It was an unusual but awesome feeling coming into downtown Wenatchee at 9:00 a.m. on Sunday. Bicyclists of all ages, abilities, and on every conceivable style of bike pulsed from the outlying neighborhoods into city center. For once, bicycles outnumbered vehicles.
By 9:30 a.m., between 600 and 700 cyclists had congregated at the convention center for the Rally for Ed, an almost impromptu event lending emotional and spiritual support to Ed Farrar and his family. As most everyone in both the medical and outdoor community around the Wenatchee Valley knows, Ed was recently hit by a car, severely crushed, and in critical condition for over two weeks. (Read more about Ed’s condition.)
These first few weeks in particular were a time when the community wanted to help yet also a time when the family most needed to focus, without distraction, on Ed’s immediate needs. And so the Rally for Ed emerged as a way for the community to show its concern for Ed, demonstrate its support for the entire family, and raise broader awareness about keeping cyclists safe out on the roads.
No doubt about it, those of us who rolled into this pond of pedalers on Sunday morning liked the feeling of our own company. We liked taking to the road in a flock that was 6 riders wide and a 100 bicycles long. This was a mass so tangible that even the drivers of two-ton trucks would not roar past with a 30-mph speed differential.
As a group, we rode the Criterium circuit around downtown Wenatchee. The Wenatchee Twilight Criterium is a race that Ed has spearheaded and kept alive summer after summer. Next, we headed to Skyline Drive and the route Ed was commuting on October 22 when a distracted motorist swerved across the center line and struck Ed head-on.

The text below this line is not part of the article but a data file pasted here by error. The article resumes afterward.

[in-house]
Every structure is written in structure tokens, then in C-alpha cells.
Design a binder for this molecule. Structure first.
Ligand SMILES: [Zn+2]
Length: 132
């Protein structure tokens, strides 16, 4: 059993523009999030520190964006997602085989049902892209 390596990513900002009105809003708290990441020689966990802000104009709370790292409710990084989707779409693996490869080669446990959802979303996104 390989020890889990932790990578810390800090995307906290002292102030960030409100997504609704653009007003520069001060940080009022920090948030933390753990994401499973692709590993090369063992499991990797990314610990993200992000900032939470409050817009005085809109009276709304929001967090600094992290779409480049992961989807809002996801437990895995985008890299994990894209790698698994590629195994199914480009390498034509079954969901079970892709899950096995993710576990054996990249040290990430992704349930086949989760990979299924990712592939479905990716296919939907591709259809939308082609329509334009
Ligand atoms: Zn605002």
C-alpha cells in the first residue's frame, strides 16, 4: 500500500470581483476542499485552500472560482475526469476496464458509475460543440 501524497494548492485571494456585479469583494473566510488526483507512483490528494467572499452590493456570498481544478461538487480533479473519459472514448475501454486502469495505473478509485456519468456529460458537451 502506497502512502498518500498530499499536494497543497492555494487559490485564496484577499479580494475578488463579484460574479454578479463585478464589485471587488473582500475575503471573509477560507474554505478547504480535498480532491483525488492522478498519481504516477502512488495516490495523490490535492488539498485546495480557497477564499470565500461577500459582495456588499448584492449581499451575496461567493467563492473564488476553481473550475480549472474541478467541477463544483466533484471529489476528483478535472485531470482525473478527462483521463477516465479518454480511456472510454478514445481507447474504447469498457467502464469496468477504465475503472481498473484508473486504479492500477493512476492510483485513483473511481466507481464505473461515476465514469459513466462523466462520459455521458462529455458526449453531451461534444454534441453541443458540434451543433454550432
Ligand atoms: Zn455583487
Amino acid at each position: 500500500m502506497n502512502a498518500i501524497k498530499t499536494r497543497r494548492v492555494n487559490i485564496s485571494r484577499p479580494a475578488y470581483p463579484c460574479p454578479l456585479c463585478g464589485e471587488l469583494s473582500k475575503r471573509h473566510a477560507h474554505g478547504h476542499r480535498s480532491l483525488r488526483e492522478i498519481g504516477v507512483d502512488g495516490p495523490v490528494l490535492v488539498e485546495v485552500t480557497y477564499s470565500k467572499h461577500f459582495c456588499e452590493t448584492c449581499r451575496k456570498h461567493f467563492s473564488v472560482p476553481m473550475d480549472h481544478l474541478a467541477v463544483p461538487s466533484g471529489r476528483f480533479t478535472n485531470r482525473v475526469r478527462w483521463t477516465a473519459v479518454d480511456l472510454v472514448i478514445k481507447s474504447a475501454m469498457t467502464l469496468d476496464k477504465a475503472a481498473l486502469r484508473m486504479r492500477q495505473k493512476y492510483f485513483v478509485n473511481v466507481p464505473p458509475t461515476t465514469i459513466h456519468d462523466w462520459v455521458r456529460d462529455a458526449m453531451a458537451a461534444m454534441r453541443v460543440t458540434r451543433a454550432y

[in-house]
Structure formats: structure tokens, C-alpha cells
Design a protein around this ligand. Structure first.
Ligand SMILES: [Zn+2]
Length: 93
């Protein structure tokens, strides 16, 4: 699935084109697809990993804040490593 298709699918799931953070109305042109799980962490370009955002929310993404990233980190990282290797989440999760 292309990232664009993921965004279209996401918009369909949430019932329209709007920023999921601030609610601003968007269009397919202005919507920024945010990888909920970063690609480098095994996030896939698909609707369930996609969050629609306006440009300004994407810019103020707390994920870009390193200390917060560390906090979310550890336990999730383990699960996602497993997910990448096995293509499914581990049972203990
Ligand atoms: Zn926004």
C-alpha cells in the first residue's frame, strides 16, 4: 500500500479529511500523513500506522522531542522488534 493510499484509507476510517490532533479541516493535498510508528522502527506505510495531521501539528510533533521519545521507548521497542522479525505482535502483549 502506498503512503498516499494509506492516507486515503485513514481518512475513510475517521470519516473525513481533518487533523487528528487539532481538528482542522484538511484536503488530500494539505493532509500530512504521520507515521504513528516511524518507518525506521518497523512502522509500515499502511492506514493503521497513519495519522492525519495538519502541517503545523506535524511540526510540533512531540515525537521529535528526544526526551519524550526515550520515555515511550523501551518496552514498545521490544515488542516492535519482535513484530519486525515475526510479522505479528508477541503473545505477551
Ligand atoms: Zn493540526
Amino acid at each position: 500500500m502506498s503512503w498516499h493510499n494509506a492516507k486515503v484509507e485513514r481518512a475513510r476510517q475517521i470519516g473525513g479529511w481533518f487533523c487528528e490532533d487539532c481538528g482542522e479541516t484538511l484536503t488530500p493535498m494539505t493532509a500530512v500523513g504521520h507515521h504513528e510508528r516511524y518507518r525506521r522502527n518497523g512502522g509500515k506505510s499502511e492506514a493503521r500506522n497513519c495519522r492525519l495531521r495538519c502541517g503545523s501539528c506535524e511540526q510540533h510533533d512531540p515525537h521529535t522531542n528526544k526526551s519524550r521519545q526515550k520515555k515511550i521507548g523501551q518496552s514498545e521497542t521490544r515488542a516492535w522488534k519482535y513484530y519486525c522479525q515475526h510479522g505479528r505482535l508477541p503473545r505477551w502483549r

There was something incredibly cool about occupying the width of Orondo Street and creating a bike jam as we pedaled out of town. I’ve seen such jams in some European cities and in some parts of Costa Rica as commuters ride to work. In parts of Europe, congestion has created acceptance of cyclists. In Costa Rica, cycling is an economic issue – bicycles provide transportation to the majority who can’t afford cars. Here in the U.S., there’s huge potential for bicycles to improve personal health, public health, congestion, air quality, and contribute positively toward climate change. And yet cyclists are cursed by those who don’t want to brake or give a few extra inches to share our publicly-funded roads.
Also, on this Sunday morning it was appropriately religious to be outdoors in the creation, supporting others in need, trying to give back to a giver. This was palpable religion and if there were a church that always met under the blue cupola of sky and worshipped through actions rather than words, it might attract a sweaty congregation of misfits.
The ride ended at Central Washington Hospital where Ed is still hooked up to Lord knows how many machines and sensors in the intensive-care unit. Outside of the hospital, we listened to friends, colleagues, and family members talk about Ed.